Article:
Three years after Indian Airlines signed a deal to purchase 43 aircraft from Airbus, the aircraft manufacturer incorporated a company in partnership with consultant Deepak Talwar and, another three years later, transferred USD 10.5 million in its accounts, investigations by the Enforcement Directorate (ED) have found.
The payments were made in two tranches of USD 4.5 million and USD 6 million to Auctus Capital PTE Ltd in 2012, three years after the company was incorporated, and almost six years after the deal between Indian Airlines and Airbus had been signed.
Flown to India from the UAE late last month, Talwar is being probed by the ED for alleged money laundering. The ED and CBI are probing acquisition of 111 aircraft by Indian Airlines in 2006 at a cost of Rs 70,000 crore.
Documents accessed by The Indian Express from Singapore’s Accounting and Corporate Regulatory Authority (ACRA) show that the company was incorporated in August 2009 with Airbus SAS, France, as 49% shareholder. The remaining shares (11,53,058) were held by Asiapec Alternative Investments PTE Ltd.
Among the three directors (or authorised representatives) in Auctus Capital PTE Ltd was Aditya Talwar, son of Deepak Talwar — Aditya now holds Antiguan citizenship. The ED told a Delhi special court recently that Asiapec was a company run by Deepak Talwar and was linked to the Air India-Airbus deal.
According to the ED, Airbus transferred USD 4.5 million to Auctus on August 29, 2012. Almost a month later, on September 24, 2012, it made another transfer of USD 6 million to the company.
Reached for comments, a spokesperson for Airbus said: “We do not comment on any ongoing investigation. We have cooperated with the Indian authorities in the past and will continue to do so.”
Talwar’s lawyer Tanvir Ahmed Mir denied any wrongdoing on the part of his client and said Talwar had nothing to do with any of the companies ED was mentioning. “ED is indulging in kite flying. I deny any kind of payment made to Mr Talwar directly or indirectly. Without any confirmation from Airbus obtained through issuance of a letter rogatory, it is sinful to accuse my client and defame him in public domain. Mr Aditya Talwar has no concern with Airbus or any of these deals. He is not a beneficiary,” Mir said.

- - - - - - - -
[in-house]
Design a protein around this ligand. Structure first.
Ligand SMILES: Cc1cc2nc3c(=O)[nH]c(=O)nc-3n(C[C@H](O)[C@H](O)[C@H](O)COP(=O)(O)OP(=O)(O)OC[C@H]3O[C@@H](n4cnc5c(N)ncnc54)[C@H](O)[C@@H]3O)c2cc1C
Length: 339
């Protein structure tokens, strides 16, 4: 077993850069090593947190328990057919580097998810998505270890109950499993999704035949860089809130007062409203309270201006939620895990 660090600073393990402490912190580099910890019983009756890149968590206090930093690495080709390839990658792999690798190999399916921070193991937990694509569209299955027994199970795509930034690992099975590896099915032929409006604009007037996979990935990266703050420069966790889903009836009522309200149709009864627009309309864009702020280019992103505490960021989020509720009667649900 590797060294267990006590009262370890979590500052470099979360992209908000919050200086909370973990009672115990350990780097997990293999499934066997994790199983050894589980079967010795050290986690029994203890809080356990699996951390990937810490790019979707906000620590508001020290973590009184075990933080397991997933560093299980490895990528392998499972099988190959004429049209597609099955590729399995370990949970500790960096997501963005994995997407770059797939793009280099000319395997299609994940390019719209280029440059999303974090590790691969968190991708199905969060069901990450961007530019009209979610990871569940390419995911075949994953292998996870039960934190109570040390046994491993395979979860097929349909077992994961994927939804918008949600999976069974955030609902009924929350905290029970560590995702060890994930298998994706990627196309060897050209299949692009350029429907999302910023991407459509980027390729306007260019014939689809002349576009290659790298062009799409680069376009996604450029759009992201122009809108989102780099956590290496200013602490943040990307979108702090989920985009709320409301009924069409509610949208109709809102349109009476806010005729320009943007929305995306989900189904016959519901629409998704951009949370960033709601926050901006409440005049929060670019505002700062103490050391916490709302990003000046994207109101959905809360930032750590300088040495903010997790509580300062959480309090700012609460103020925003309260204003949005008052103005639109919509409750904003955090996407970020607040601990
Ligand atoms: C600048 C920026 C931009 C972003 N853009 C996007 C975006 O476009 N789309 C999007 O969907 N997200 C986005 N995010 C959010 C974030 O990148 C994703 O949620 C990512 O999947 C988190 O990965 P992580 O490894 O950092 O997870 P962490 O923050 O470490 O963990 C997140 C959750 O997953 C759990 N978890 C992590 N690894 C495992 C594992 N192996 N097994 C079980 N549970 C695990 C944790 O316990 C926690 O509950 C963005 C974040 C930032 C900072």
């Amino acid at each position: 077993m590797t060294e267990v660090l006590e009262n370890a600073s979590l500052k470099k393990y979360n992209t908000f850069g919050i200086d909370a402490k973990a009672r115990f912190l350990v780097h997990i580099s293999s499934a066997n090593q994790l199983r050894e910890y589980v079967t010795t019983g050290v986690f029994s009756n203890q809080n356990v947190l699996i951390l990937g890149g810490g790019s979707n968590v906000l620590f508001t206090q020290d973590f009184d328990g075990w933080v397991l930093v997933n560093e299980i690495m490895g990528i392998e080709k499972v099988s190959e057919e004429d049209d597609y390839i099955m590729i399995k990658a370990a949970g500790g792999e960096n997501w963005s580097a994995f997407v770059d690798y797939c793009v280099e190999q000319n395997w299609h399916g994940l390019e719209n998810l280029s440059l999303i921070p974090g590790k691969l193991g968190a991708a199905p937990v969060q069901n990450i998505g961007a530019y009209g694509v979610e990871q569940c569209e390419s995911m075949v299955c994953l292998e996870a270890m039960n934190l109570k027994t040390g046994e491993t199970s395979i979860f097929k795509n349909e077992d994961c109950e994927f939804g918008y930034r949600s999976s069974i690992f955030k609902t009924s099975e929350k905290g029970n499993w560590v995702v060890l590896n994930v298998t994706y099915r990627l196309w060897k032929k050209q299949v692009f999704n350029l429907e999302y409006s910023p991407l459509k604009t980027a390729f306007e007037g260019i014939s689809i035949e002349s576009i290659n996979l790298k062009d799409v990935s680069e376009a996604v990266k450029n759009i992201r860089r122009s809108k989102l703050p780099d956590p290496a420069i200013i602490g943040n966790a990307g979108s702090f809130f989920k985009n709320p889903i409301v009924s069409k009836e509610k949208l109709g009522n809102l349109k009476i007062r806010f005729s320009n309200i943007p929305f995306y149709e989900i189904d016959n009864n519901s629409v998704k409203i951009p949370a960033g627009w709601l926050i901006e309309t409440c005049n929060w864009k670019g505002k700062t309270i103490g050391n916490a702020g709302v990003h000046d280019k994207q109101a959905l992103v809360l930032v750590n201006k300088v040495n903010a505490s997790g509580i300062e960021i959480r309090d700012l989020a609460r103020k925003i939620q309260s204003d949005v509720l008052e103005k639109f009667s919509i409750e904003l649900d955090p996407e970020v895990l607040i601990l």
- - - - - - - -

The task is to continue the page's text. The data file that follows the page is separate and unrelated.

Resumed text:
The ED is already probing the transfer of over Rs 90 crore by Airbus to Advantage India, an NGO run by Deepak Talwar. According to CBI and ED, which have both registered a case of misuse of this money, the funds were given to Advantage India under corporate social responsibility for medical and educational purposes but were diverted for personal use by Talwar.
Mir said that Advantage India received money from Airbus but all its transactions were clean and all necessary documents had been provided to CBI and ED.
Also under the ED scanner are former officials of the Civil Aviation Ministry and Indian Airlines who were part of the decision-making process at the time when the deal between Airbus and Indian Airlines was signed.
According to ED, when the proposal to buy 43 aircraft from Airbus was sent to the Cabinet, the Cabinet Committee on Security (CCS) put a condition that the aircraft manufacturer would have to build training facilities and MRO (Maintenance, Repair and Overhaul) centres at a cost of USD 175 million. But when the purchase order was placed with Airbus by Indian Airlines, ED sources claimed, this condition was dropped.
“This effectively led to a loss of Rs 1,000 crore to the exchequer. We are questioning officials from both the Civil Aviation Ministry and Indian Airlines,” a senior ED official said.
The agency has earlier summoned top Airbus officials for questioning in the case.
The CBI and ED are probing four different cases in the matter which relate to the Air India-Indian Airlines merger, purchase of 111 aircraft from Boeing and Airbus, alleged deliberate ceding of profitable routes and schedules to private airlines, and opening of certain training institutes with foreign investment.
In a report tabled in Parliament in January 2012, the Comptroller and Auditor General (CAG) had flagged these alleged irregularities and called the decision to acquire 111 planes by Air India “a recipe for disaster” which should have raised alarm in the government. It said that the aircraft acquisition through debt had “contributed predominantly” to the airline’s massive debt liability.
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